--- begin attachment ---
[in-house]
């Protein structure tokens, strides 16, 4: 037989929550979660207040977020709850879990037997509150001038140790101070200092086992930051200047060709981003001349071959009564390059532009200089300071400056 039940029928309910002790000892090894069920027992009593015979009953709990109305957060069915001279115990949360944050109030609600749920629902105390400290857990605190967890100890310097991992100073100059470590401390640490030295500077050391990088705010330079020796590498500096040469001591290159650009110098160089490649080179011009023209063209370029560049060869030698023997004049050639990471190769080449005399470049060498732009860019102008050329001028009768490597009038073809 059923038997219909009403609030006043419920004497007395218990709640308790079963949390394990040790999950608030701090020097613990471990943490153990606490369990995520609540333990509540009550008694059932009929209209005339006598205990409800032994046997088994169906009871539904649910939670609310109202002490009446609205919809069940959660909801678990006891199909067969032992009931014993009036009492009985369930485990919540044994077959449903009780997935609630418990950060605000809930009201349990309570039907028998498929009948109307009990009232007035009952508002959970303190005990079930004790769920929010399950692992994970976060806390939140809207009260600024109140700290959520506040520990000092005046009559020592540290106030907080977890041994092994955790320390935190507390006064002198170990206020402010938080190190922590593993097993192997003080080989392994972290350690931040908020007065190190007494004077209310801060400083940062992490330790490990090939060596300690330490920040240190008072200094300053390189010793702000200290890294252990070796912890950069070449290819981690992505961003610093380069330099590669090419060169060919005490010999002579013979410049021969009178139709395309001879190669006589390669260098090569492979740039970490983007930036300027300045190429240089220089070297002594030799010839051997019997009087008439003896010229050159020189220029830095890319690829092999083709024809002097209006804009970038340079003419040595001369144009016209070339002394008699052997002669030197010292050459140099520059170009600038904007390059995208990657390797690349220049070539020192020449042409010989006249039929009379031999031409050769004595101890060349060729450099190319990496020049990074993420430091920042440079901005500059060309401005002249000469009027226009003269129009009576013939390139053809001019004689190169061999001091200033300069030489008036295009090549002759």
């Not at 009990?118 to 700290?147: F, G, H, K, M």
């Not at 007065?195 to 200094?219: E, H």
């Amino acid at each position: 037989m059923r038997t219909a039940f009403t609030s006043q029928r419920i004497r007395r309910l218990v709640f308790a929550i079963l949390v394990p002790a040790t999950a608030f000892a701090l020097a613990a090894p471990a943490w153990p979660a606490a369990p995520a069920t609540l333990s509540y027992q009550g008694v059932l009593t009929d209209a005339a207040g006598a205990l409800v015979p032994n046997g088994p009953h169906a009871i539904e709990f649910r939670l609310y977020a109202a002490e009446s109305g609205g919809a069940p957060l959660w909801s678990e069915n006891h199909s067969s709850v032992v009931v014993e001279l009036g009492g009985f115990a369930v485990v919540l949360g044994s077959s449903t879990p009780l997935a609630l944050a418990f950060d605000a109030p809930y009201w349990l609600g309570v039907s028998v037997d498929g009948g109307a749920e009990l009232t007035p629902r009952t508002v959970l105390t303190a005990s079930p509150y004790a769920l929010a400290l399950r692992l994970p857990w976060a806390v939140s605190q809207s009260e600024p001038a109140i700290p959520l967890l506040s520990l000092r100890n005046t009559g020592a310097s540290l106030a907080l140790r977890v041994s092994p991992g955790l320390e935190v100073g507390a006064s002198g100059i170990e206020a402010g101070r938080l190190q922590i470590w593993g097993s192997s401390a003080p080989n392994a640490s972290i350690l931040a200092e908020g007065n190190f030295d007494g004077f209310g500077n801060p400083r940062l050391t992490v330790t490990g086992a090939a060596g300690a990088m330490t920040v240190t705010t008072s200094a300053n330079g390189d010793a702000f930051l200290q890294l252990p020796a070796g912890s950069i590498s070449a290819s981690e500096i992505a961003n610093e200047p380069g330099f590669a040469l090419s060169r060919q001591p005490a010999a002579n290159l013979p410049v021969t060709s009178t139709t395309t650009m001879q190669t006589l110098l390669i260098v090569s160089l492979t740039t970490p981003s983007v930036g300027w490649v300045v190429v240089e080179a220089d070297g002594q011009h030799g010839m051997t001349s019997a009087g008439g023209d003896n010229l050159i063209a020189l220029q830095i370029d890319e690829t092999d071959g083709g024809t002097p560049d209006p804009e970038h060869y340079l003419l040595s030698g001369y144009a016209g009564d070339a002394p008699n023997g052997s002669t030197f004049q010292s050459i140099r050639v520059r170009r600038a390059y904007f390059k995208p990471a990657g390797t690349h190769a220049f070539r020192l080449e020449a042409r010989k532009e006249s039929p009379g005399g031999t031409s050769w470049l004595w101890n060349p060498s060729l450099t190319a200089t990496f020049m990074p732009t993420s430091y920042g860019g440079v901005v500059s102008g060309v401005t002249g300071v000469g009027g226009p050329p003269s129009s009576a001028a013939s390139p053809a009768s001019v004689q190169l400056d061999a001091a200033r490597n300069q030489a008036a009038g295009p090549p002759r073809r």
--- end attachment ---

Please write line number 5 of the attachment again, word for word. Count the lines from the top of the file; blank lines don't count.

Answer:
């Amino acid at each position: 037989m059923r038997t219909a039940f009403t609030s006043q029928r419920i004497r007395r309910l218990v709640f308790a929550i079963l949390v394990p002790a040790t999950a608030f000892a701090l020097a613990a090894p471990a943490w153990p979660a606490a369990p995520a069920t609540l333990s509540y027992q009550g008694v059932l009593t009929d209209a005339a207040g006598a205990l409800v015979p032994n046997g088994p009953h169906a009871i539904e709990f649910r939670l609310y977020a109202a002490e009446s109305g609205g919809a069940p957060l959660w909801s678990e069915n006891h199909s067969s709850v032992v009931v014993e001279l009036g009492g009985f115990a369930v485990v919540l949360g044994s077959s449903t879990p009780l997935a609630l944050a418990f950060d605000a109030p809930y009201w349990l609600g309570v039907s028998v037997d498929g009948g109307a749920e009990l009232t007035p629902r009952t508002v959970l105390t303190a005990s079930p509150y004790a769920l929010a400290l399950r692992l994970p857990w976060a806390v939140s605190q809207s009260e600024p001038a109140i700290p959520l967890l506040s520990l000092r100890n005046t009559g020592a310097s540290l106030a907080l140790r977890v041994s092994p991992g955790l320390e935190v100073g507390a006064s002198g100059i170990e206020a402010g101070r938080l190190q922590i470590w593993g097993s192997s401390a003080p080989n392994a640490s972290i350690l931040a200092e908020g007065n190190f030295d007494g004077f209310g500077n801060p400083r940062l050391t992490v330790t490990g086992a090939a060596g300690a990088m330490t920040v240190t705010t008072s200094a300053n330079g390189d010793a702000f930051l200290q890294l252990p020796a070796g912890s950069i590498s070449a290819s981690e500096i992505a961003n610093e200047p380069g330099f590669a040469l090419s060169r060919q001591p005490a010999a002579n290159l013979p410049v021969t060709s009178t139709t395309t650009m001879q190669t006589l110098l390669i260098v090569s160089l492979t740039t970490p981003s983007v930036g300027w490649v300045v190429v240089e080179a220089d070297g002594q011009h030799g010839m051997t001349s019997a009087g008439g023209d003896n010229l050159i063209a020189l220029q830095i370029d890319e690829t092999d071959g083709g024809t002097p560049d209006p804009e970038h060869y340079l003419l040595s030698g001369y144009a016209g009564d070339a002394p008699n023997g052997s002669t030197f004049q010292s050459i140099r050639v520059r170009r600038a390059y904007f390059k995208p990471a990657g390797t690349h190769a220049f070539r020192l080449e020449a042409r010989k532009e006249s039929p009379g005399g031999t031409s050769w470049l004595w101890n060349p060498s060729l450099t190319a200089t990496f020049m990074p732009t993420s430091y920042g860019g440079v901005v500059s102008g060309v401005t002249g300071v000469g009027g226009p050329p003269s129009s009576a001028a013939s390139p053809a009768s001019v004689q190169l400056d061999a001091a200033r490597n300069q030489a008036a009038g295009p090549p002759r073809r």